Oklahoma Attorney General Scott Pruitt (R) speaks at a
Domestic Violence Awareness Month ceremony in Oklahoma City, Oklahoma, on October 27, 2016. Photo from Facebook
Republican president-elect Donald Trump has chosen a noted tribal sovereignty foe to lead the Environmental Protection Agency.
As Oklahoma's attorney general, Scott Pruitt has fought tribes on jurisdiction, immunity and taxation fronts. His efforts in one major court case were so extreme that an advocate for Native women described them as "beyond disturbing."
"I am at a loss for words," Dawn Stover, the executive director of the Oklahoma Native Alliance Against Violence, told The Cheyenne & Arapaho Tribal Tribune after reading Pruitt's brief in Dollar
General Corporation v. Mississippi Band of Choctaw Indians, which was one of the most closely-watched U.S. Supreme Court cases in recent history.
In another case, Pruitt sued the leaders of the Kialegee
Tribal Town for trying to build a casino on an Indian allotment.
But the 10th Circuit Court of Appeals, in clear terms, said they are protected by sovereign immunity.
Despite the strong rebuke, Pruitt tried to get the Supreme Court to sanction his efforts. Even though the justices eventually rejected his petition, leaving the 10th Circuit ruling in place, his lawsuit to this day kept the small tribe from pursuing an economic development opportunity open to nearly every other in the state.
A third sovereignty dispute is ongoing. In April, the Citizen Potawatomi Nation won a major ruling that protected its businesses from state taxes.
But Pruitt has once again appealed. In briefs filed with the 10th Circuit, his office argues that the tribe's victory, which came in the form of an arbitration order that was upheld in federal court, cannot be enforced.
In a November 5 brief, Pruitt's subordinates said "it is not unheard of for states to be able to impose sales taxes on tribal sales of goods to non-members, as the United States Supreme Court specifically noted with regard to this tribe," citing a 1991 case involving the Citizen Potawatomis.
But Pruitt's views on tribal issues aren't the only ones of concern. Democrats say he is the wrong person to lead the EPA because he is trying to dismantle -- again through the courts -- the climate change programs he would be responsible for overseeing.
"Pruitt’s record is not only that of being a climate change denier, but also someone who has worked closely with the fossil fuel industry to make this country more dependent, not less, on fossil fuels," Sen. Bernie Sanders (I-Vermont), who has emerged as a strong ally of tribes, particularly in the fight against the Dakota Access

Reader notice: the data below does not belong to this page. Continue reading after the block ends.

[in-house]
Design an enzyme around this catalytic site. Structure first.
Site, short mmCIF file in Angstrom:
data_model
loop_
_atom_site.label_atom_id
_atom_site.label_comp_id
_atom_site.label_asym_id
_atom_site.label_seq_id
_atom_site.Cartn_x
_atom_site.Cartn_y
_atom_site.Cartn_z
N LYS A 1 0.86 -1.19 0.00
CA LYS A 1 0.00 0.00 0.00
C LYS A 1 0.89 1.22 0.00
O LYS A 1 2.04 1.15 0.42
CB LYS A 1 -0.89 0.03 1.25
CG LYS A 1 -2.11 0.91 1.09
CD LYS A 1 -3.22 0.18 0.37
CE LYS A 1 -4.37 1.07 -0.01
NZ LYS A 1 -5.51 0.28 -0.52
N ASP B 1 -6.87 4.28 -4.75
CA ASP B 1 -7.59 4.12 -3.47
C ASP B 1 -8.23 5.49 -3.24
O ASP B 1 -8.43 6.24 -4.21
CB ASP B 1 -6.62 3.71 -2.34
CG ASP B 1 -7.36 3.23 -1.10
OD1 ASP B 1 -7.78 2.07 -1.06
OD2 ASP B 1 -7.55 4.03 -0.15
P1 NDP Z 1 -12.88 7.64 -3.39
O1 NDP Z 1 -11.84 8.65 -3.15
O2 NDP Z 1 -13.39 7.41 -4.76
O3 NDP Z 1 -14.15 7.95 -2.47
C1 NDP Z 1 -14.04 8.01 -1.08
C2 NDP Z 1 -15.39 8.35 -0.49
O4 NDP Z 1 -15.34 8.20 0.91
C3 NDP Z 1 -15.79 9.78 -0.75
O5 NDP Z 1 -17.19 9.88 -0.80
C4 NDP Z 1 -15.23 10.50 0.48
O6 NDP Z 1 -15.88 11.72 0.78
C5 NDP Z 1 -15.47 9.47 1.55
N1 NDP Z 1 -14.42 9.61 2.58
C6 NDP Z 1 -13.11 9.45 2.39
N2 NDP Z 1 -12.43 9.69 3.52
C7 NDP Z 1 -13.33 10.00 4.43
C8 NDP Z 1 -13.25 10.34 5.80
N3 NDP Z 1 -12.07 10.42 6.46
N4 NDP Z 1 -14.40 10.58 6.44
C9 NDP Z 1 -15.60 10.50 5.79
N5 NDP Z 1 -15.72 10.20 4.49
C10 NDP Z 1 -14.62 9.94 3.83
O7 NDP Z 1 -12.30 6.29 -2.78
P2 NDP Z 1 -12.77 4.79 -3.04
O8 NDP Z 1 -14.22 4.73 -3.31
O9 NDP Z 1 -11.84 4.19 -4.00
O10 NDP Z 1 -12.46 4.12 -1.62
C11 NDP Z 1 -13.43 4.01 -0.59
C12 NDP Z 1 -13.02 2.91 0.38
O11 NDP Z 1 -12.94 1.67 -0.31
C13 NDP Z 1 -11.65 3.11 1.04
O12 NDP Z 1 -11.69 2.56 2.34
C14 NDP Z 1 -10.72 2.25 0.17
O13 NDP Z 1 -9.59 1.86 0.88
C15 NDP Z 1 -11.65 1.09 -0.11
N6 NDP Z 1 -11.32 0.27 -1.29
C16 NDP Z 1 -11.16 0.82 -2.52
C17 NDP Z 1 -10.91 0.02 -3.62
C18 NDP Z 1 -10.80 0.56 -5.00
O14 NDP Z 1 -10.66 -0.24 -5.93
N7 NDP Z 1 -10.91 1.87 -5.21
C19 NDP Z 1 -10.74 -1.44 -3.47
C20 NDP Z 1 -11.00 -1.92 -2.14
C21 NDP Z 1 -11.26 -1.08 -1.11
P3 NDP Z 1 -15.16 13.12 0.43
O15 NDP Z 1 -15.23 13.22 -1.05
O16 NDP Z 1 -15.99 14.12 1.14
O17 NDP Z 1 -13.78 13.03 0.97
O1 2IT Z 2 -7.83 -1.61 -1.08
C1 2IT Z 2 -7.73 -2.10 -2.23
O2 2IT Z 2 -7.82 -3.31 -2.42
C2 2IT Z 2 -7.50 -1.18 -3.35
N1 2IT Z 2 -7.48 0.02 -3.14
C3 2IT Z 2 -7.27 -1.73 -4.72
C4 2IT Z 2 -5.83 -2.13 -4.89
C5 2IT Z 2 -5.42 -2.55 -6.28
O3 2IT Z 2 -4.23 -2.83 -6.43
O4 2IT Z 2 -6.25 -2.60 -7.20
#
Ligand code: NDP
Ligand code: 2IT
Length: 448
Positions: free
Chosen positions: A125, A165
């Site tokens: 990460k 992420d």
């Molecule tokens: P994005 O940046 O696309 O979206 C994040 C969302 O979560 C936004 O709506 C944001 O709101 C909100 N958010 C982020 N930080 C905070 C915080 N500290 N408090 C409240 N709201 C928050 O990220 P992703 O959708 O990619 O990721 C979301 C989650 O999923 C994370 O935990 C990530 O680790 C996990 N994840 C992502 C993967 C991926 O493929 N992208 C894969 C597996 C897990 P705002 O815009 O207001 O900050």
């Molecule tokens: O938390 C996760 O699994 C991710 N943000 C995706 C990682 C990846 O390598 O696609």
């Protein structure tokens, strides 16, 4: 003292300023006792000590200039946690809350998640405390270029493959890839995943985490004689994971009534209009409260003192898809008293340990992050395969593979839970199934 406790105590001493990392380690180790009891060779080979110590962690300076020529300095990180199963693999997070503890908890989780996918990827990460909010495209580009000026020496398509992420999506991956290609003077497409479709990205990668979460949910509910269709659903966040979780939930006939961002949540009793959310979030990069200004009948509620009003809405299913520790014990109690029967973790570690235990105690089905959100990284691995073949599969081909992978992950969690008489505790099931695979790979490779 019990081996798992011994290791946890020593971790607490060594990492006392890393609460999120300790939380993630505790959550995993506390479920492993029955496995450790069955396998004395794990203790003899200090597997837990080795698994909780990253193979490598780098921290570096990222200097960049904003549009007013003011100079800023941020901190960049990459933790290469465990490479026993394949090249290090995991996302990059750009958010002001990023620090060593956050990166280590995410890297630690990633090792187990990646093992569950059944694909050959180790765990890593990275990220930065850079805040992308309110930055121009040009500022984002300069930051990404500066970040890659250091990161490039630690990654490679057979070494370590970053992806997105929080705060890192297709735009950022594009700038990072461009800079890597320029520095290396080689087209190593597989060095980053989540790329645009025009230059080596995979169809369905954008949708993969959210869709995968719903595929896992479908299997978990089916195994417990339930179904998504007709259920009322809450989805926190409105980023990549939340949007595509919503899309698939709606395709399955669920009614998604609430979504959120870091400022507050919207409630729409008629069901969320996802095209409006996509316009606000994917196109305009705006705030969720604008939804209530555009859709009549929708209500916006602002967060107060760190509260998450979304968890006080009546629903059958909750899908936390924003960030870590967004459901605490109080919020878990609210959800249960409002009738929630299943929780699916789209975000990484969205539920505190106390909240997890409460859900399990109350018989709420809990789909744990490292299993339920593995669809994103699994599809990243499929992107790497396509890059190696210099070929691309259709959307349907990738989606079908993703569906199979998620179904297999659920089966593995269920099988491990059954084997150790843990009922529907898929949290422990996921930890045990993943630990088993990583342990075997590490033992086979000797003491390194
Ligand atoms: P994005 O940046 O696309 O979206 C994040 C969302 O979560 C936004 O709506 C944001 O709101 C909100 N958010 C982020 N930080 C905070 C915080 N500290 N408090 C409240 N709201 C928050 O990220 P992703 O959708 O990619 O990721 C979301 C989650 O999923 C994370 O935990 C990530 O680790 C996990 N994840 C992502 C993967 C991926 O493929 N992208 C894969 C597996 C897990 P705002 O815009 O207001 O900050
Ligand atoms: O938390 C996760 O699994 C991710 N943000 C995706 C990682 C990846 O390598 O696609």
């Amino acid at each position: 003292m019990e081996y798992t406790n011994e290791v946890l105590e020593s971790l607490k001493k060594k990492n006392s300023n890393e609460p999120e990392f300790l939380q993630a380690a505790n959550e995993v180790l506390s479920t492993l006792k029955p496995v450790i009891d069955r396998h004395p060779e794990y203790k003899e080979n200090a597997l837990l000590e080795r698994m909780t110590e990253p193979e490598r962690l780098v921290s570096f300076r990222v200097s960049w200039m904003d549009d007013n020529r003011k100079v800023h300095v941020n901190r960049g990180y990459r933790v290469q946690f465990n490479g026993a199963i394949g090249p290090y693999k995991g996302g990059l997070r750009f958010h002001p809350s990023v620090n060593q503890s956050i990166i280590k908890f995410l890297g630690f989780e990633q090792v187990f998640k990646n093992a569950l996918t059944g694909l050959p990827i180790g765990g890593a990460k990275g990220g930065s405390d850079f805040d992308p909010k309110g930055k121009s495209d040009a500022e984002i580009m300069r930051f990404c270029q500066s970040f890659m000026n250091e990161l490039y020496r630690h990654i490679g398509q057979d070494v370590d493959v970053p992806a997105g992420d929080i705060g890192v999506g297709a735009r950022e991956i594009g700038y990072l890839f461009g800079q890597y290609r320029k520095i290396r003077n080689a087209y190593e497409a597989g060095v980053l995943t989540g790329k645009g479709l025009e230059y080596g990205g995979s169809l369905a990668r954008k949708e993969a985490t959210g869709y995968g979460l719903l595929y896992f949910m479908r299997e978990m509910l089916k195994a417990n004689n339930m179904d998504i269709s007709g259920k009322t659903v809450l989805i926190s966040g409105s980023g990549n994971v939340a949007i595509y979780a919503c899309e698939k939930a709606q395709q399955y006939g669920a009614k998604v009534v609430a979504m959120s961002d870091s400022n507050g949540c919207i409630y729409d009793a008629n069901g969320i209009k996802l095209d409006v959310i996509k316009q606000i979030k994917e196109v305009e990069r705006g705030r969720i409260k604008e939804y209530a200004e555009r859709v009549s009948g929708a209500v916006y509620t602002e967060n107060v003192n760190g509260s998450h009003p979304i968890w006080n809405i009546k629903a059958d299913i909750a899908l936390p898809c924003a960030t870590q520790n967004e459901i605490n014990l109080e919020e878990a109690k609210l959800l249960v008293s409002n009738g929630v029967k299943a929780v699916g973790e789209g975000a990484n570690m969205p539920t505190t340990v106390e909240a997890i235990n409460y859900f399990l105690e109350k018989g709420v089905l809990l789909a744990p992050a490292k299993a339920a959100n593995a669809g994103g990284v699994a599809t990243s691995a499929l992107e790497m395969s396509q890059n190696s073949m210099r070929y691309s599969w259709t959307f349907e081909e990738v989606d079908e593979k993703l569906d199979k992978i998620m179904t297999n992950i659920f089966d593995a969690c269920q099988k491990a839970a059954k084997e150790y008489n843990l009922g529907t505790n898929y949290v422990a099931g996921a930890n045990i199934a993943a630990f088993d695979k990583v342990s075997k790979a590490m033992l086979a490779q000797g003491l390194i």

Pipeline, said in a statement.
Climate change is a top priority for tribes and Native youth and Trump's selection of Pruitt marks a significant change in course. Many tie the issue to protection of treaty rights, sacred sites and water resources, three of the hallmarks of the #NoDAPL movement.
"We are facing the impacts of climate change," President Fawn Sharp of the Quinault Nation told the U.S. Commission on Civil Rights at a listening session that took place on her tribe's reservation in Washington state in August. "Right here in our village of Taholah, we are facing very real dangers from sea level rise, intensified storms, floods, warming oceans, acidified waters and the very real danger of tsunami."
"Our people didn’t cause any of these problems, but they’re the first ones to be impacted by them," she added.
In addition to addressing climate change, the EPA has taken on a greater role in ensuring that treaties are considered during federal decision-making processes. The agency has developed guidance and a memorandum of understanding on the matter but the directives could be ignored or changed by the incoming Trump administration.
"Tribal treaty rights are the law of the land," Gina McCarthy, the outgoing administrator of the EPA, said during the White House Tribal Nations Conference in September.
Pruitt's position is subject to confirmation by the Senate. Hearings will be scheduled during the 115th Congress, which begins in January and he can count on support from some key Republicans like Sen. James Inhofe (R-Oklahoma), who currently serves as chairman of the Senate Environment and Public Works Committee.
"In his appearances before the Environment and Public Works committee, Pruitt has demonstrated that he is an expert on environmental laws and a champion of states’ roles in implementing those laws," Inhofe said in a statement.
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